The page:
Plaintiff asks this Court for three million dollars in relief, resulting from a deprivation of his rights as a disabled individual under the Americans with Disabilities Act ("ADA"), a deprivation of his constitutional rights under 42 U.S.C. § 1983, and negligence of Defendants. (Compl. at ¶¶ 4; 3 (unnumbered paragraphs); 4 (unnumbered paragraphs)). He alleges Defendants caused him injuries and monetary damages including medical expenses, broken heels, loss of Social Security income, and pain and suffering. (Compl. at ¶ 4). Plaintiff also claims that he was incapacitated but provides no facts to suggest this aside from a letter evidencing a Social Security Administration determination that he had been found to have become "disabled under our rules on January 3, 2003." (Compl. 3; Compl. Ex. A-l thereto (ECF No. 4-8)).


Plaintiff in this case offers but a mere "formulaic recitation of the elements of a cause of action" in his Complaint. Twombly, 550 U.S. at 555. He pleads money damages of three million dollars as well as damages resulting from his personal and physical injuries, and requests three million dollars of relief. (Compl. at ¶ 4). However, the causal link between Defendants' actions, if any, and the asserted damages is wholly missing and this Court cannot decipher a plausible claim from the few facts presented.



"A motion to dismiss under Rule 12(b)(6) tests the sufficiency of a complaint; importantly, it does not resolve contests surrounding the facts, the merits of a claim, or the applicability of defenses." Republican Party of N.C. v. Martin, 980 F.2d 943, 952 (4th Cir. 1992) (citation omitted). The Federal Rules of Civil Procedure "require[] only a short and plain statement of the claim showing that the pleader is entitled to relief, ' in order to give the defendant fair notice of what the... claim is and the grounds upon which it rests.'" Bell Atl. Corp. v. Twombly, 550 U.S. 544, 555 (2007) (quoting Conley v. Gibson, 355 U.S. 41, 47 (1957)). A complaint need not assert "detailed factual allegations, " but must contain "more than labels and conclusions" or a "formulaic recitation of the elements of a cause of action." Twombly, 550 U.S. at 555 (citations omitted). Thus, the "[f]actual allegations must be enough to raise a right to relief above the speculative level, " id. (citation omitted), to one that is "plausible on its face, " id. at 570, rather than merely "conceivable." Id. In considering such a motion, a plaintiff's well-pleaded allegations are taken as true and the complaint is viewed in the light most favorable to the plaintiff. T.G. Slater, 385 F.3d at 841 (citation omitted). Legal conclusions enjoy no such deference. Ashcroft v. Iqbal, 556 U.S. 662, 678 (2009).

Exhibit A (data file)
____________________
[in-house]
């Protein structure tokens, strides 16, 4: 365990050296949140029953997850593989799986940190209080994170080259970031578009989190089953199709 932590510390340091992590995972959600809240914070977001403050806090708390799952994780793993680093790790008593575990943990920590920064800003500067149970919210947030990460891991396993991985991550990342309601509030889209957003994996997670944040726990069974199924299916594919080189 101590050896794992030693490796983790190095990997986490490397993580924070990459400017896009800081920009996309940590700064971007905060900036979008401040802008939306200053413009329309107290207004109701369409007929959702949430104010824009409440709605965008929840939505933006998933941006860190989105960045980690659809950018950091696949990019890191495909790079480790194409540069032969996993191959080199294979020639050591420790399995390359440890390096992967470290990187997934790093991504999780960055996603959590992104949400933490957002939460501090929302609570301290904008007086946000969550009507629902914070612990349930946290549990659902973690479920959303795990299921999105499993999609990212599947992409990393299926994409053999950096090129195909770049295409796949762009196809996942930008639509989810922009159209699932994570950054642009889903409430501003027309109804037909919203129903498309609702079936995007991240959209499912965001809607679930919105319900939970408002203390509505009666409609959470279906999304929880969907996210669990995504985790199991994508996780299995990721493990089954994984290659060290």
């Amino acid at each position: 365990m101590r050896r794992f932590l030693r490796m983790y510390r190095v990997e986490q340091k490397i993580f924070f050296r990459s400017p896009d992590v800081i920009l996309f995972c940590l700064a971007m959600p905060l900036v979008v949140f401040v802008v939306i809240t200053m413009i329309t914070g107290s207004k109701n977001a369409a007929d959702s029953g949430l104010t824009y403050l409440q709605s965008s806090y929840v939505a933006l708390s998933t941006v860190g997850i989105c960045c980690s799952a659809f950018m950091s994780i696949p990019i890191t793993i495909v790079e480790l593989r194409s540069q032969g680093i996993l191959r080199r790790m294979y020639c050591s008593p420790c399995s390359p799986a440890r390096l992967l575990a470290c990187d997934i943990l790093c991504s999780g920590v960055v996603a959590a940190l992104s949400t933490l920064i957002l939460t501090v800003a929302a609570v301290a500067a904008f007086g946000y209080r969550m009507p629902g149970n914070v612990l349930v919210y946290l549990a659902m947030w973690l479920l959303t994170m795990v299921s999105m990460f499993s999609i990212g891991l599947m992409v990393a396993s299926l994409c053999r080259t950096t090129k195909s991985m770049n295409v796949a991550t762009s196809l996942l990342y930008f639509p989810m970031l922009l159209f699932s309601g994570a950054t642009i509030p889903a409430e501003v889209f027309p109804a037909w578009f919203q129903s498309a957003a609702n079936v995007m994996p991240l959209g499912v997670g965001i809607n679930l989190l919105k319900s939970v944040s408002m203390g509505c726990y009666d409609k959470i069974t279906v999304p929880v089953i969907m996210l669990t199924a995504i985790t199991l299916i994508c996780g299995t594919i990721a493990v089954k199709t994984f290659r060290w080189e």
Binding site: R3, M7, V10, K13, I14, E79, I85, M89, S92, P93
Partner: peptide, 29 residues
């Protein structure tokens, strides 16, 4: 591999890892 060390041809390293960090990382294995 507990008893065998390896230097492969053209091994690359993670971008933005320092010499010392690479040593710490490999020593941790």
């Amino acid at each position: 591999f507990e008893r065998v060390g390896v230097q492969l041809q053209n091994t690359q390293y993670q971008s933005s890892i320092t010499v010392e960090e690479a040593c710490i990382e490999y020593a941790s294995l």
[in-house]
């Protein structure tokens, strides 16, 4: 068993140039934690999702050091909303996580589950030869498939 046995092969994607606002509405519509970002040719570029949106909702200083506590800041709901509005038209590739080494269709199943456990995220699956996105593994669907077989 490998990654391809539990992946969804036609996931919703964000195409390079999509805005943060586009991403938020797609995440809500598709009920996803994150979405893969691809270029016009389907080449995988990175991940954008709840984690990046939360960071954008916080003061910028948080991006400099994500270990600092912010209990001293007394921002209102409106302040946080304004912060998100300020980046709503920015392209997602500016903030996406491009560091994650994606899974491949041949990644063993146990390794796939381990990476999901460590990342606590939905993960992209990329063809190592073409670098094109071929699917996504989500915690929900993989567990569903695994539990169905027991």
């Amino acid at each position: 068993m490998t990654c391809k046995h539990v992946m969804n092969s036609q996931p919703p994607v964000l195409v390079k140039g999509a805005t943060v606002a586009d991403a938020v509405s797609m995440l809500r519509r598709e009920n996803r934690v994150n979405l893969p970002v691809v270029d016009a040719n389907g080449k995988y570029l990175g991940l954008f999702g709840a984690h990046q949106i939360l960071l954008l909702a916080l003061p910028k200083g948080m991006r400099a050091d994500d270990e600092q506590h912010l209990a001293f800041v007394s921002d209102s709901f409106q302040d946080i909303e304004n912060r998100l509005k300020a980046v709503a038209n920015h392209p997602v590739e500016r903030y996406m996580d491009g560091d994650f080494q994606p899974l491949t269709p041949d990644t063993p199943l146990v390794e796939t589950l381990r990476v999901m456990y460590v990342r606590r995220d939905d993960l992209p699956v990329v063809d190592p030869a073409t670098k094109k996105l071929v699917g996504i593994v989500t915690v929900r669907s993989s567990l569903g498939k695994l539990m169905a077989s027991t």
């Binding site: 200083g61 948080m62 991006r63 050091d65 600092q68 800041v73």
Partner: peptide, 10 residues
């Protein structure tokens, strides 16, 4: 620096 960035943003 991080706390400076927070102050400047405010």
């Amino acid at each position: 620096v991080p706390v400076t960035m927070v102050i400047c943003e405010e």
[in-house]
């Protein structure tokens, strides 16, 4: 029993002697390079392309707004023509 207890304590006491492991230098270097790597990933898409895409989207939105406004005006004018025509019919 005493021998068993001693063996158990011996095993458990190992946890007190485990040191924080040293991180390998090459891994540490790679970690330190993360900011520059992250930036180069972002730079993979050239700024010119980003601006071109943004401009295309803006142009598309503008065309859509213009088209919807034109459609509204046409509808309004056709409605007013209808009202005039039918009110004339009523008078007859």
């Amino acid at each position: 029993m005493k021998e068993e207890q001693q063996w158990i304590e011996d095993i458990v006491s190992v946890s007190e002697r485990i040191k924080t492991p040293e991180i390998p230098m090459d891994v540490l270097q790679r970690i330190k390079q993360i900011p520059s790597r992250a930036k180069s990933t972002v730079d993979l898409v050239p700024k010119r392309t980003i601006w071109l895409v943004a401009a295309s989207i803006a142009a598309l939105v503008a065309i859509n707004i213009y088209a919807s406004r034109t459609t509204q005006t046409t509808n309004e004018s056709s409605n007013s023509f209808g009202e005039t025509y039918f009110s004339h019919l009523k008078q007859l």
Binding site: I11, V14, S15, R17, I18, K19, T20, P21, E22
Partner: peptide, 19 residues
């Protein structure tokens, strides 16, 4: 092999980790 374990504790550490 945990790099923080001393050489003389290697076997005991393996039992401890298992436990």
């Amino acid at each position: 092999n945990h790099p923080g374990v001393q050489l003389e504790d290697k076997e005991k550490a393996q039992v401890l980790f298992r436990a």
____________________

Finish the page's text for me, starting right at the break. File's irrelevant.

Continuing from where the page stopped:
Additionally, "[a] document filed pro se is to be liberally construed.'" Erickson v. Pardus, 551 U.S. 89, 94 (2007) (quoting Estelle v. Gamble, 429 U.S. 97, 104-105 (1976)). To that end, "a pro se complaint, however in artfully pleaded, must be held to less stringent standards than formal pleadings drafted by lawyers." Id. (citation and internal quotation marks omitted). And "[p]leadings must be construed to do justice." Fed.R.Civ.P. 8(d). At the same time, courts recognize that a plaintiff "can plead himself out of court by pleading facts that show that he has no legal claim." Atkins v. City of Chicago, 631 F.3d 823, 832 (7th Cir. 2011) (Posner, J.) (citing Hecker v. Deere & Co., 556 F.3d 575, 588 (7th Cir. 2009); Tamayo v. Blagojevich, 526 F.3d 1074, 1086 (7th Cir. 2008); ...